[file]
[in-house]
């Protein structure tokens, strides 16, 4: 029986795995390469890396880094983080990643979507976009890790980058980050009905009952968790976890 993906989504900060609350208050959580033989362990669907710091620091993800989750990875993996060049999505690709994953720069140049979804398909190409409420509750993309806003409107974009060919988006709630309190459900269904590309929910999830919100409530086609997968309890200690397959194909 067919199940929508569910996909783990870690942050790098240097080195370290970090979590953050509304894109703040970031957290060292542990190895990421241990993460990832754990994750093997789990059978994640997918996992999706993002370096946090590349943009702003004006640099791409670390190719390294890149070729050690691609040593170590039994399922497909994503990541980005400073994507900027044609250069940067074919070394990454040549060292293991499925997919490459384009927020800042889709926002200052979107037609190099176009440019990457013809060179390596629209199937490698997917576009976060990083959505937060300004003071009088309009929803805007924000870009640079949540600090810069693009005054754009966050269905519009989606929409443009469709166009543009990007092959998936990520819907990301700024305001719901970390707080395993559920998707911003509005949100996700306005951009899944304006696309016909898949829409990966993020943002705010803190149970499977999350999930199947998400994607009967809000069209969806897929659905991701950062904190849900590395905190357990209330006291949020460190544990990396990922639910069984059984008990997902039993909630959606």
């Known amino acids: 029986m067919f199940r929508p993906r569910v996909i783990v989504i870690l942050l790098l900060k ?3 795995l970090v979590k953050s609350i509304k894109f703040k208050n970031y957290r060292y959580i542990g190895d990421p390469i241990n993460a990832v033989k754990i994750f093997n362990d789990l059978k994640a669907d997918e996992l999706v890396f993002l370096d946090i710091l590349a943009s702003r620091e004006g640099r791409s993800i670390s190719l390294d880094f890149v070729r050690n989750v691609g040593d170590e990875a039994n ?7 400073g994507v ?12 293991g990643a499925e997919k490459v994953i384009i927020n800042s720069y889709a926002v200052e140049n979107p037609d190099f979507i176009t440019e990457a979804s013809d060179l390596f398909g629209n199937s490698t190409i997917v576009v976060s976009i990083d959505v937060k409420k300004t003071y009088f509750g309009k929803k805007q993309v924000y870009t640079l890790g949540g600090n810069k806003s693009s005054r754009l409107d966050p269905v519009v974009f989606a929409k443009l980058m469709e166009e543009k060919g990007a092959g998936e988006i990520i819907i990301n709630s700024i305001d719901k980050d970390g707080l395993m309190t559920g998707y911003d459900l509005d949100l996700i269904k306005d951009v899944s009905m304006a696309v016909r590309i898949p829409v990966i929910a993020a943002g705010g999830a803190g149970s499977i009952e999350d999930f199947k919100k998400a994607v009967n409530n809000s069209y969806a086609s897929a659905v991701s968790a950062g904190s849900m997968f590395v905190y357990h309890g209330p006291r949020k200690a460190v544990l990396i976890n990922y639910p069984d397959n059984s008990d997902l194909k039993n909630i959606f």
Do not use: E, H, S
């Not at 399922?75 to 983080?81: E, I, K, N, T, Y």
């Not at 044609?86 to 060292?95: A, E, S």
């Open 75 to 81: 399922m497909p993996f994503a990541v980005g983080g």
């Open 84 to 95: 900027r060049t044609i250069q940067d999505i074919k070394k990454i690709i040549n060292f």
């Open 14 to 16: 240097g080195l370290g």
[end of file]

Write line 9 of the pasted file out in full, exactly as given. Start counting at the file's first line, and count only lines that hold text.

């Open 14 to 16: 240097g080195l370290g």